Journal of Cytology
Home About us Ahead of print Instructions Submission Subscribe Advertise Contact e-Alerts Login 
Users Online:864
  Print this page  Email this page Small font sizeDefault font sizeIncrease font size


 
 Table of Contents    
CME  
Year : 2019  |  Volume : 36  |  Issue : 2  |  Page : 128-130
Role of EBUS-TBNA in the diagnosis of tuberculosis and sarcoidosis


1 Department of Pulmonary Medicine, Postgraduate Institute of Medical Education and Research, Chandigarh, India
2 Department of Cytology and Gynaecological Pathology, Postgraduate Institute of Medical Education and Research, Chandigarh, India

Click here for correspondence address and email

Date of Web Publication8-Mar-2019
 

   Abstract 


Endobronchial ultrasound (EBUS)-guided transbronchial needle aspiration (TBNA) has diagnostic accuracy and negative predictive value for the diagnosis of mediastinal tubercular lymphadenitis, especially when culture and cytological diagnosis is combined with high clinical suspicion. Both sarcoidosis and tuberculosis (TB) demonstrate granulomatous inflammation on cytology. Diagnosis of sarcoidosis in regions with a high burden of TB is challenging. We conducted a prospective study in 179 cases of suspected granulomatous pathology in mediastinal lymphadenopathy cases to evaluate the role of EBUS-TBNA in diagnosis of sarcoidosis and TB. It was found that extensive caseous necrosis, acid-fast bacilli positivity on Ziehl–Neelsen staining, and/or microbiological culture positivity have high positive predictive value for the diagnosis of TB.

Keywords: Endobronchial ultrasound-transbronchial needle aspiration, epithelioid cell granulomas, granulomatous inflammation, sarcoidosis, tuberculosis

How to cite this article:
Muthu V, Gupta N, Agarwal R, Dhooria S. Role of EBUS-TBNA in the diagnosis of tuberculosis and sarcoidosis. J Cytol 2019;36:128-30

How to cite this URL:
Muthu V, Gupta N, Agarwal R, Dhooria S. Role of EBUS-TBNA in the diagnosis of tuberculosis and sarcoidosis. J Cytol [serial online] 2019 [cited 2022 Jan 17];36:128-30. Available from: https://www.jcytol.org/text.asp?2019/36/2/128/253727




Sarcoidosis and tuberculosis (TB) are the major causes of intrathoracic granulomatous lymphadenopathy. Endobronchial ultrasound (EBUS)-guided transbronchial needle aspiration (TBNA) is currently the preferred initial modality for evaluating intrathoracic lymphadenopathy. The most definite evidence of TB is demonstration of Mycobacterium tuberculosis by culture or molecular methods. However, the diagnostic sensitivity of microbiologic techniques is low. Whether cytomorphologic features of granuloma can diagnose TB and distinguish it from sarcoidosis, its close mimic, remains unclear. We performed a prospective observational study of subjects undergoing EBUS-TBNA to evaluate the same.

A single cytopathologist (NG), who was blinded to the clinical data and final diagnosis, reported the TBNA. The following features were recorded: adequacy (either diagnostic or shows lymphocyte preponderance), the presence of granulomas, number of granulomas, average number of epithelioid cells in granulomas, necrosis [graded as 1 (focal), 2, and 3 (extensive)], stain for acid-fast bacilli (AFB), and the final impression (TB vs. sarcoidosis). The final diagnosis was made after 6 months' of follow-up.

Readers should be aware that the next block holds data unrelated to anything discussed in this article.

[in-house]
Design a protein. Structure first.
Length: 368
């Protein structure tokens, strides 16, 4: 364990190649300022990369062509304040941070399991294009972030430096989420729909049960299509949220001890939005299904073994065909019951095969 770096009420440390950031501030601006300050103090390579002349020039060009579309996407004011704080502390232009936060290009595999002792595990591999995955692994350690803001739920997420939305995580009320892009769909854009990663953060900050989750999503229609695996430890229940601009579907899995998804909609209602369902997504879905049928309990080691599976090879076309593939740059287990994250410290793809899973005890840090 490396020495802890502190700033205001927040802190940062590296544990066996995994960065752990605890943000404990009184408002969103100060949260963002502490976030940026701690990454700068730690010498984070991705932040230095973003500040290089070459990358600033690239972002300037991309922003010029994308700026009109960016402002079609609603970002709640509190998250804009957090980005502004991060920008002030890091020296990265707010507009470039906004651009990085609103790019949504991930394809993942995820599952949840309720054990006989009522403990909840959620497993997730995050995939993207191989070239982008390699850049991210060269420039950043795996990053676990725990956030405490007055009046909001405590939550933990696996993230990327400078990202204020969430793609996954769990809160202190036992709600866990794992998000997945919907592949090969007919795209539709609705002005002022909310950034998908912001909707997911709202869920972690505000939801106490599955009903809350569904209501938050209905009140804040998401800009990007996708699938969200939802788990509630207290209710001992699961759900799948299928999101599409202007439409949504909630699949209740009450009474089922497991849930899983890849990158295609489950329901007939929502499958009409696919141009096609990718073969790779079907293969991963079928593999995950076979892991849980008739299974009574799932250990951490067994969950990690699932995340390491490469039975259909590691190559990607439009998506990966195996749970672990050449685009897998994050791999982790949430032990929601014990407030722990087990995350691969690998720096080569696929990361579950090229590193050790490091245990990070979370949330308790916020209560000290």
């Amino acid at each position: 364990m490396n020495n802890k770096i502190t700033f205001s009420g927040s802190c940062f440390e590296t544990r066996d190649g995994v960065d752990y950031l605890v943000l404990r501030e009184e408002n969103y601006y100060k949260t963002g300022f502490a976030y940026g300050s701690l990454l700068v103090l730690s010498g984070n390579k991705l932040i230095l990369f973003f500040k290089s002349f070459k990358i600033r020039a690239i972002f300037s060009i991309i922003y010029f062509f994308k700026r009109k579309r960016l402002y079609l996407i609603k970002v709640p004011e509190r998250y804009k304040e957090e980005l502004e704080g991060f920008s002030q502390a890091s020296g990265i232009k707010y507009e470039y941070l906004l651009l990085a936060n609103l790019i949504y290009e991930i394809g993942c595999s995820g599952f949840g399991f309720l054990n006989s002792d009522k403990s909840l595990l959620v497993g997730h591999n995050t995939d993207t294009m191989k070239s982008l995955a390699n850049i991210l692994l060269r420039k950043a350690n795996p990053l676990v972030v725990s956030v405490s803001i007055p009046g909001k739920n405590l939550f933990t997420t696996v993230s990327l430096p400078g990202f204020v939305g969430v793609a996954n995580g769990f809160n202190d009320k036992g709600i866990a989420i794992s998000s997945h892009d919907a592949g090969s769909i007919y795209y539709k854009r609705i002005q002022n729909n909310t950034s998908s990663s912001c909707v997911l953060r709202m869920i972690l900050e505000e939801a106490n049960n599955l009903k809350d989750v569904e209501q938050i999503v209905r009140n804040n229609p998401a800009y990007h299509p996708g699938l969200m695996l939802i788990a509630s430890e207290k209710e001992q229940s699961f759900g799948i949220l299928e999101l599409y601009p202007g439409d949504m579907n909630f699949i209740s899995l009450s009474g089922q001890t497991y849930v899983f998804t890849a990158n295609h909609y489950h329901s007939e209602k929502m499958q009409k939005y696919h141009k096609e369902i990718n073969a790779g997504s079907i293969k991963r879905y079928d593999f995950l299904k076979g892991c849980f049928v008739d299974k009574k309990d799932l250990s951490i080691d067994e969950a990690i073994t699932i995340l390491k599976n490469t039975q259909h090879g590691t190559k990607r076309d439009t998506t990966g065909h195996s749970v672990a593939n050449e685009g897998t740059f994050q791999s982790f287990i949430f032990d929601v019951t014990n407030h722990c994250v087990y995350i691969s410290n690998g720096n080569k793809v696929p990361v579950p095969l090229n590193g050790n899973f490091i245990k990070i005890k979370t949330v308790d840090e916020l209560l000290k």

The diagnosis of TB was based on the demonstration of two of the following: (a) consistent clinicoradiological presentation; (b) positive culture for Mycobacterium tuberculosis or Xpert MTB/Rif positivity; and (c) clinicoradiological response to anti-TB treatment. Sarcoidosis was diagnosed when all the following criteria were satisfied: (a) consistent clinicoradiological presentation; (b) non-necrotizing epithelioid cell granulomas on TBNA, TBLB, or EBB along with no AFB on Ziehl–Neelsen stain and no growth of mycobacteria on MGIT; and (c) clinicoradiological response after treatment with glucocorticoids. The procedural details and data of some patients included in this study have been described previously.[1]

Of the 179 consecutive subjects enrolled (January 2014 to March 2015), sarcoidosis and TB were diagnosed in 145 (81%) and 34 (19%), respectively. Granulomas were identified in 135 (75.4%), including 113 (77.9%) and 22 (67.6%) cases of sarcoidosis and TB, respectively [Table 1]; [Figure 1] and [Figure 2]. Necrosis was rare in sarcoidosis (n = 9, 6.2%), and it was never extensive. Based on the cytomorphology, a correct diagnosis was favored by the cytologist in 83 (61%) subjects, whereas misdiagnosis occurred in 40 (29.4%), when compared with the final diagnosis (after 6 months of follow-up).
Table 1: EBUS-TBNA cytology features of subjects with granulomatous intrathoracic lymphadenopathy

Click here to view
Figure 1: A panel of microphotographs showing epithelioid cell granulomas (a and b) and necrotizing inflammation (c and d) in tuberculosis (a: MGG 20×; b: H and E 20×, MGG: 20×, Pap 20×)

Click here to view
Figure 2: A panel of microphotographs showing epithelioid cell granulomas in sarcoidosis (a: MGG 20×; b: MGG 20×, H & E 40×, H & E in cell block 40×)